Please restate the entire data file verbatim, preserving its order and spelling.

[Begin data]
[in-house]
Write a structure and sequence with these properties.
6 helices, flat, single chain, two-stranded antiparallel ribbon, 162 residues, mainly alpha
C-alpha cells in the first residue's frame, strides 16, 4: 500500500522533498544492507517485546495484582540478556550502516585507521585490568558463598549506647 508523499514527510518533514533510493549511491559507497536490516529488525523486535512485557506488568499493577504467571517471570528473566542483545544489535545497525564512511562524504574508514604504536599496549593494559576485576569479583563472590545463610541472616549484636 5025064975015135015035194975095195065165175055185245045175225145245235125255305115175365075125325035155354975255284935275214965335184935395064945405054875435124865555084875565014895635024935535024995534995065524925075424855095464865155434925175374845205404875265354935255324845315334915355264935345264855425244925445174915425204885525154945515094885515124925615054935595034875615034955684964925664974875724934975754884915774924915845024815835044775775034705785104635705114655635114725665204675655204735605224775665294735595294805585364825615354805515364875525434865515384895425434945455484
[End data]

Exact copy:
[in-house]
Write a structure and sequence with these properties.
6 helices, flat, single chain, two-stranded antiparallel ribbon, 162 residues, mainly alpha
C-alpha cells in the first residue's frame, strides 16, 4: 500500500522533498544492507517485546495484582540478556550502516585507521585490568558463598549506647 508523499514527510518533514533510493549511491559507497536490516529488525523486535512485557506488568499493577504467571517471570528473566542483545544489535545497525564512511562524504574508514604504536599496549593494559576485576569479583563472590545463610541472616549484636 5025064975015135015035194975095195065165175055185245045175225145245235125255305115175365075125325035155354975255284935275214965335184935395064945405054875435124865555084875565014895635024935535024995534995065524925075424855095464865155434925175374845205404875265354935255324845315334915355264935345264855425244925445174915425204885525154945515094885515124925615054935595034875615034955684964925664974875724934975754884915774924915845024815835044775775034705785104635705114655635114725665204675655204735605224775665294735595294805585364825615354805515364875525434865515384895425434945455484